Medtronic Inc. (NYSE:MDT) received approval from the Food & Drug Administration for its endovascular-based arortic anneurysm treatment.
The Fridley, Minn.-based company’s new Talent Thoracic stent graft with Captivia delivery system features a tip capture mechanism for controlled placement. The device treats thoracic aortic aneurysms, which are bulges in the aorta that can burst and lead to death.
During an aortic repair procedure with a stent graft, surgeons deploy the device via the femoral artery and expand it at the site of the aneurysm to create a new path for blood flow that reduces pressure on the aortic deformity and subsequently the risk of rupture, according to Medtronic.
The company said an estimated 60,000 people in the U.S. have a TAA and only about half are ever diagnosed due to lack of symptoms.
On Friday, the FDA classified Medtronic’s recall of its Octopus Nuvo tissue stabilizer device as a Class I recall.
Class I is the watchdog agency’s most serious recall status, applied when the FDA believes there is a risk that the product will cause serious injury or death.
Medtronic voluntarily recalled the device Sept. 14 because of the potential that a component could fracture during surgery and damage a patient’s heart. The company said it received two reports of device failure, but neither event resulted in permanent impairment or death.
The medical device giant said hospitals should immediately discontinue use of the device and return all unused Octopus Nuvo tissue stabilizer devices to Medtronic. All 571 Octopus Nuvo Tissue Stabilizer devices are affected, according Medtronic, but no other models in the Octopus family of products are affected by the recall.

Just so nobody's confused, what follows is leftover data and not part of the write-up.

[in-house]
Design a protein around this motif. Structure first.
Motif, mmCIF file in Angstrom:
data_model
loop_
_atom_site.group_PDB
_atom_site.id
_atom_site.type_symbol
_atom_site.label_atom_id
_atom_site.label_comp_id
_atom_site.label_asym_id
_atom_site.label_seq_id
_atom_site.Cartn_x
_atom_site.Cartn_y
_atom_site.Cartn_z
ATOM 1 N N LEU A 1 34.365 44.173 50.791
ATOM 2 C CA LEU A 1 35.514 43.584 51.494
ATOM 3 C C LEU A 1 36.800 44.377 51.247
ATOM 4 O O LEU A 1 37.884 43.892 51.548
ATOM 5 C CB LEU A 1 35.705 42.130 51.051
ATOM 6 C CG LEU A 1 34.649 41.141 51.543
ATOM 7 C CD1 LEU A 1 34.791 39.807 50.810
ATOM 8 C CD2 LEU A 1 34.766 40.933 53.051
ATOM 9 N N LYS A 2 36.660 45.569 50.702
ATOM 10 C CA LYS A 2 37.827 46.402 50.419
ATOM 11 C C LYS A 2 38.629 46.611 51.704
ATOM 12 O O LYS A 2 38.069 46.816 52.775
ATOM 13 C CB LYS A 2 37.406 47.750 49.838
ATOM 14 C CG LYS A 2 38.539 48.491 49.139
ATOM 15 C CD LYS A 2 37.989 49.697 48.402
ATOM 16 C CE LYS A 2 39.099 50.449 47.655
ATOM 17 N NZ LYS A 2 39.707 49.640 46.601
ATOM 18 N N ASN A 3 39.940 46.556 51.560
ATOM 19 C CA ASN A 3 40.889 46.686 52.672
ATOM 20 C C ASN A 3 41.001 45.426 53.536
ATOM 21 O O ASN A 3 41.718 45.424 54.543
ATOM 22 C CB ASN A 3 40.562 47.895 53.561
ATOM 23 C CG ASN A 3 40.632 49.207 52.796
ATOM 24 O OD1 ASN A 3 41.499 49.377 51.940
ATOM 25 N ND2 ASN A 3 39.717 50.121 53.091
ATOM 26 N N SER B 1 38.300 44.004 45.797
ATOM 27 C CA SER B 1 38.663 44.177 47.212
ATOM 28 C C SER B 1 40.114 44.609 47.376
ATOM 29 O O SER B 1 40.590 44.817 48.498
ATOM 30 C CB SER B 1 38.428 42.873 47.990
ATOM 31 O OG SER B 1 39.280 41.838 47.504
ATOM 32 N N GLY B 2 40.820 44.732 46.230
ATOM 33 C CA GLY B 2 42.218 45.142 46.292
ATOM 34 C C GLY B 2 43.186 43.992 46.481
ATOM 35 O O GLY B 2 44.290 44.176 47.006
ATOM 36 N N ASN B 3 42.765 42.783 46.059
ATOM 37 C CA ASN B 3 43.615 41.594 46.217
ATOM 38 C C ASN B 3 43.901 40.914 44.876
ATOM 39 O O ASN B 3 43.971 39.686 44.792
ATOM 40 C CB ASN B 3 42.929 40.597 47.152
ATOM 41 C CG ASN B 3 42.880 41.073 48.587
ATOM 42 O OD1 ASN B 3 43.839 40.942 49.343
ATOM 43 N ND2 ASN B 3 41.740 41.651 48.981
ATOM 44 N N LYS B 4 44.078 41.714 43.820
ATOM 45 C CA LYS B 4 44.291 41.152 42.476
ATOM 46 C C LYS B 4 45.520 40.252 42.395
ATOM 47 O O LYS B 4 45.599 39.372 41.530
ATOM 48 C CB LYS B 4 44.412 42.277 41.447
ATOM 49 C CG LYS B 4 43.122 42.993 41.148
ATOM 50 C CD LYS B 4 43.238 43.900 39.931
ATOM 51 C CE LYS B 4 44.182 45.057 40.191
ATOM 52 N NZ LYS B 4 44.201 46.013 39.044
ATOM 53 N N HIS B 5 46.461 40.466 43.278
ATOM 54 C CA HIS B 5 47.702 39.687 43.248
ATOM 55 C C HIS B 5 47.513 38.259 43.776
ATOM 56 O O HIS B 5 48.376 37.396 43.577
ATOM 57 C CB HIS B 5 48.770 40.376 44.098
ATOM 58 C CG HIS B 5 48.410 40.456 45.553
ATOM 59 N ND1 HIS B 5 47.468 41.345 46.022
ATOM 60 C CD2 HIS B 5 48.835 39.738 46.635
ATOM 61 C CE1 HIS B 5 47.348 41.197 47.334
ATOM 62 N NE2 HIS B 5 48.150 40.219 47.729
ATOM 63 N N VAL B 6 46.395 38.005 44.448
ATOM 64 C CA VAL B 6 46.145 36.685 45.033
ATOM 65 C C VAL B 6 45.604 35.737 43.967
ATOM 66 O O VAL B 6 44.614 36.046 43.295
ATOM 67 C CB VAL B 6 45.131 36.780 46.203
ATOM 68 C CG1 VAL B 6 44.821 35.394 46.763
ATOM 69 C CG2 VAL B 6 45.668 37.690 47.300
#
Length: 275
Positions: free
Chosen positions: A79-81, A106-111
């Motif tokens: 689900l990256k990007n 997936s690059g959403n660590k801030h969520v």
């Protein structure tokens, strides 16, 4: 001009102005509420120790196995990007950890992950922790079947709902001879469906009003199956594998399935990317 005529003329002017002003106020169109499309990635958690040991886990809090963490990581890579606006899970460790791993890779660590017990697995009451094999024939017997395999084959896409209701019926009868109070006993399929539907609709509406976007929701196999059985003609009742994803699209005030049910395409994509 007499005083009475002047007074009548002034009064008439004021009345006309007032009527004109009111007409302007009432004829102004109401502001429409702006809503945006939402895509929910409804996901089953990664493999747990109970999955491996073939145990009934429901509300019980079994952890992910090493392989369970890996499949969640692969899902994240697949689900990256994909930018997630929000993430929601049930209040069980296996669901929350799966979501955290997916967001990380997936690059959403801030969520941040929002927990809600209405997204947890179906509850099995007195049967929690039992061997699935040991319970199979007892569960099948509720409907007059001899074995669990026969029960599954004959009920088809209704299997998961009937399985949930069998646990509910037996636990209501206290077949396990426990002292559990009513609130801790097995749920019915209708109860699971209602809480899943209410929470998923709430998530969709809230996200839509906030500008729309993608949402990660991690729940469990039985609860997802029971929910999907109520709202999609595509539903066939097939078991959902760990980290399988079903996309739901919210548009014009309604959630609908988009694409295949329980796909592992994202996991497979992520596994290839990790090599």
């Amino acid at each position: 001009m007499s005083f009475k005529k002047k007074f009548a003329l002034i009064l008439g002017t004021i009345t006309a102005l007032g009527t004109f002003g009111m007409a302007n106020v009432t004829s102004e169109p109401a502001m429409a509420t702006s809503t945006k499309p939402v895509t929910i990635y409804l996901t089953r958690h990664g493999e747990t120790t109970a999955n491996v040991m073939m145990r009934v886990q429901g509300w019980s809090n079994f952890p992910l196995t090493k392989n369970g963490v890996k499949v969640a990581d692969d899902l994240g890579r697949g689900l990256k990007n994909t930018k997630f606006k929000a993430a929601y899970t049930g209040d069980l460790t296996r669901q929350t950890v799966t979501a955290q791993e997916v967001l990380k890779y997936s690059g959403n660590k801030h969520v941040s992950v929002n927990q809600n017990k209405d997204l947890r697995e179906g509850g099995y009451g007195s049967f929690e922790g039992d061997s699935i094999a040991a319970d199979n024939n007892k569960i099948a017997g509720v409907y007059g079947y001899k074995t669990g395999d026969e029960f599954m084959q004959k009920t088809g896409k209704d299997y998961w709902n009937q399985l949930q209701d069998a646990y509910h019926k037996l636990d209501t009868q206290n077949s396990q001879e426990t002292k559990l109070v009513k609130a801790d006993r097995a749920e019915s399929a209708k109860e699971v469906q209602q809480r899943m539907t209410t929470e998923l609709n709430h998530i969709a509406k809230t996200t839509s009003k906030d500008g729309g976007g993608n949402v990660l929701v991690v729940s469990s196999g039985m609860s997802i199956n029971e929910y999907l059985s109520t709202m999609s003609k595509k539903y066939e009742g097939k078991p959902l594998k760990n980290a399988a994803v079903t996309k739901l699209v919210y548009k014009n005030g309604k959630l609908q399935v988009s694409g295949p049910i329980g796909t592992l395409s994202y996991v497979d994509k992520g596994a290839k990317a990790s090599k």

Medtronic said healthcare providers with questions regarding the product should call their company representative or contact the CardioVascular Lifeline for technical services at 1-877-526-7890.
Medtronic also last week previewed its lead-less pacemaker at TEDMED.
The company has not been forthcoming with many details about the the device, but doctors can reportedly implant the device directly into the right ventricle of the heart.
Now, thanks to Engadget, potential customers get their first look at what Medtronic has been cooking up. The company debuted its wireless pacemaker at the TEDMED conference in San Diego. Dr. Stephen Osterle, senior vice president of medicine and technology, unveiled the device at the conference.
The capsule-like device is slightly bigger than a penny, much smaller than a regular pacemaker. Doctors apparently can control the device with a smart phone. The pacemaker has come a long way since the days of Medtronic founder Dr. Earl Baaken.
Implanting pacemakers without using wires could lower the cost of the surgery, industry analysts say. A pacemaker that small also would be easier to insert and consume less power. And Medtronic is working on shrinking it further, Engadget reports.
It doesn’t seem that long ago when medical device developers raced each other to make smaller and thinner wires. Now apparently, they’re just focusing on making the devices smaller.
Information from MedCity News was used in this report.